Last week's surprising resignation of Lachlan Murdoch as deputy COO of News Corporation has been attributed to a growing rift between him and his father, Rupert Murdoch. Today's (Monday) New York Timesreported that the younger Murdoch had complained to several people close to him that his father interfered in his business dealings and undermined him. The newspaper quoted four personal acquaintances of both men and two high-ranking News Corp execs as saying that the bond between father and son had become frayed, particularly after his father gave him a dressing down in a meeting with other top company executives, then held a series of meetings with Jack Abernathy, president of Fox Stations, a unit that reports to Lachlan, without including Lachlan. The Timesand other newspapers, including the Wall Street Journal, suggested that a secondary reason for Lachlan's split was the elder Murdoch's decision to include his two infant children with Wendi Deng in the family trust that will control News Corp after he dies or steps down. Meanwhile, former newspaper editor Andrew Neil, a onetime Murdoch lieutenant, has predicted that News Corp is unlikely to survive intact beyond Murdoch's lifetime. Neil, who edited the London Sunday Times, a Murdoch-owned newspaper, told Britain's Guardiannewspaper, ""The genius of Rupert Murdoch is his ability to keep [all of the realms of his media empire] together. ... Murdoch's genius dies with him."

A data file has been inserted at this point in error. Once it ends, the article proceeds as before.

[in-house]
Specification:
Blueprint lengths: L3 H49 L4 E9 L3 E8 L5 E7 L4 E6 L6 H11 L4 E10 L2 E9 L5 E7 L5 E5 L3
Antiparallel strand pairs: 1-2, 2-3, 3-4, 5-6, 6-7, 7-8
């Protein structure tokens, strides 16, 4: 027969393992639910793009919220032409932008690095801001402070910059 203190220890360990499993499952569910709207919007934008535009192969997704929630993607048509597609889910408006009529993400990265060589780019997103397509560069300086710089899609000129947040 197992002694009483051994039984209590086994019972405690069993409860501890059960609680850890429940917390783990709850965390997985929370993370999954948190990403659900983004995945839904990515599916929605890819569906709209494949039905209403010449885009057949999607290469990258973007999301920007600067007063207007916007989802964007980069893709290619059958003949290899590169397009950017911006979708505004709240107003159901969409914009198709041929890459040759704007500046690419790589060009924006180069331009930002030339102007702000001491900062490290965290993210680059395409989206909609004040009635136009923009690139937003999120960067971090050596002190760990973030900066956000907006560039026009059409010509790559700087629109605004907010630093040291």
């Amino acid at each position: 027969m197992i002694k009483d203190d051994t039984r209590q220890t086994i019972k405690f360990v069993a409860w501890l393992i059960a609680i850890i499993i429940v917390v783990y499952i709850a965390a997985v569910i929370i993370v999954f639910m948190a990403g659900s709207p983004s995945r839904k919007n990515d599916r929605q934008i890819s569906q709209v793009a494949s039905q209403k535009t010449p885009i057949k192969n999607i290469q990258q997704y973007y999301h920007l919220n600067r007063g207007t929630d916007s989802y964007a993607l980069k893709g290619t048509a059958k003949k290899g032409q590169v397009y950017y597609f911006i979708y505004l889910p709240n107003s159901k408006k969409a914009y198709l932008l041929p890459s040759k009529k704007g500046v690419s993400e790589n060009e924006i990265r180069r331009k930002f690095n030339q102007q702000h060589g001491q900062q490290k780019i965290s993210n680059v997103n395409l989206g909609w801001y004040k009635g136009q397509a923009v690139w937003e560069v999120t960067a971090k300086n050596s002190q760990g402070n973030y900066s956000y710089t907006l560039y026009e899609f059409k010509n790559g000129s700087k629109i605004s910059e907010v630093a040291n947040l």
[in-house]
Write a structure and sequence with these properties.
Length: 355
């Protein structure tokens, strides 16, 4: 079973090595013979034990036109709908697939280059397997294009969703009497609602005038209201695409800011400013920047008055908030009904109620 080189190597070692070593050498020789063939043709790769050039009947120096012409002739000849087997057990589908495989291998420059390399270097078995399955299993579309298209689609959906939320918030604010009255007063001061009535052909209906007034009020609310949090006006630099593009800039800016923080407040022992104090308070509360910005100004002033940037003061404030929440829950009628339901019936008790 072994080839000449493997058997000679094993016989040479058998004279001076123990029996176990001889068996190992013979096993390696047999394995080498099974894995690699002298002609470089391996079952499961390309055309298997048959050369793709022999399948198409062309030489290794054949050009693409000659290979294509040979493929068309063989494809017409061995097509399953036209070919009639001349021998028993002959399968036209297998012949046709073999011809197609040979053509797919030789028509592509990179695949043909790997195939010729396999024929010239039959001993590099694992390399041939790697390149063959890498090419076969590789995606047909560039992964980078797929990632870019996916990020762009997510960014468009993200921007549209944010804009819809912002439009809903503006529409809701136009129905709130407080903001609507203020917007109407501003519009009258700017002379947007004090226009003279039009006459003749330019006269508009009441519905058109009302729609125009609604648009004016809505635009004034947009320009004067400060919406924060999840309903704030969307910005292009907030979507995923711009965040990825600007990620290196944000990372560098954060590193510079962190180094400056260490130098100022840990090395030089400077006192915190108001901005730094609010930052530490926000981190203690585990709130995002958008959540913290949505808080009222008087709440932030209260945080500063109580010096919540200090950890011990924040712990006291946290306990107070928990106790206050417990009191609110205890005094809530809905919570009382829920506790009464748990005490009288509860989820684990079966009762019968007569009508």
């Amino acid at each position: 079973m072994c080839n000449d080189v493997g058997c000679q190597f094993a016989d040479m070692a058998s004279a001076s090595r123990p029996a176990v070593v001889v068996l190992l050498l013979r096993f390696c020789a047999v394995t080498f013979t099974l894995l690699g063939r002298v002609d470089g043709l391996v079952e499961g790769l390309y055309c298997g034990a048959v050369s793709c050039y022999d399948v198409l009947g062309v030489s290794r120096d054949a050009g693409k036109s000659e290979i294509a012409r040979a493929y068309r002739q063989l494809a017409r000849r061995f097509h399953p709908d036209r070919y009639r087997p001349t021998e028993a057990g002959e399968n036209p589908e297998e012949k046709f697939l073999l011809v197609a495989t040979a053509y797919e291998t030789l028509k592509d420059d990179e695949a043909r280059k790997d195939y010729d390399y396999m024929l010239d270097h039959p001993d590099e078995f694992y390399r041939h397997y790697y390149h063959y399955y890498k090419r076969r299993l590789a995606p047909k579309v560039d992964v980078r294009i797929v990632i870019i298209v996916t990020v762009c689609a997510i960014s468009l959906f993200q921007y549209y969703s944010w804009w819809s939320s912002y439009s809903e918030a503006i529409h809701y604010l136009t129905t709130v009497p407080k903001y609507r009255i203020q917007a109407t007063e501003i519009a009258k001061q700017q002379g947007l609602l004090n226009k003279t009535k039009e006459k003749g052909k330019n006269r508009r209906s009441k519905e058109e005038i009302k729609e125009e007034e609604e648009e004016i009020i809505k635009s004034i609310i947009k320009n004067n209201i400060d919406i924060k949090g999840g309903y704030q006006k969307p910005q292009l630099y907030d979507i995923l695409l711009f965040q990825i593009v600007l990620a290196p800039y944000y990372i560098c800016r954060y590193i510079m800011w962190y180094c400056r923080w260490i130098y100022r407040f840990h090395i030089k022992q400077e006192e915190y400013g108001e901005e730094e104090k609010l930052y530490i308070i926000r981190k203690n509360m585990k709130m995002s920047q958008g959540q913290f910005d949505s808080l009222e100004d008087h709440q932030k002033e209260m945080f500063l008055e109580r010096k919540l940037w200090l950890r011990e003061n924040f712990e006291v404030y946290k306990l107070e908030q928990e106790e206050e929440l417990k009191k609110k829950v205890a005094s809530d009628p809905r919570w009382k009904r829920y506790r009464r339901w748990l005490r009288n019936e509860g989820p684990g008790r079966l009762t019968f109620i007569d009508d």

At a board meeting on Friday, GE directors agreed to allow NBC Universal to pursue the acquisition of the live-action unit of DreamWorks, the Wall Street Journalreported today, citing several people familiar with the matter. Separately, the New York Timesreported that the GE board agreed to allow NBC to negotiate exclusively with DreamWorks, while DreamWorks, which is held privately, did the same. The Timessaid that the central players in the negotiations are Universal Studios President Ron Meyer and DreamWorks principal David Geffen, who have been close friends for many years and talk to each other nearly every day.


Mumbai, India, formerly known as Bombay, was drenched with 26 inches of rain on Tuesday, the heaviest single day's rainfall in Indian history, causing millions of dollars of damage to outdoor film sets and shutting down the Bollywood movie industry, which produces more features than any place else in the world, including Hollywood. Production was halted for three days, the BBC reported. The downpour also hit the Indian box office hard as moviegoers decided to remain at home rather than attempt to brave the deluge.


Sean Connery, who has not made a film in nearly three years, said over the weekend that he is not likely to make another one. In an interview in New Zealand, Connery remarked, "I'm fed up with the idiots ... the ever-widening gap between people who know how to make movies and the people who green-light the movies." The 74-year-old Connery, who remains Britain's highest-paid actor added: "It would almost need a Mafia-like offer I couldn't refuse to do another movie."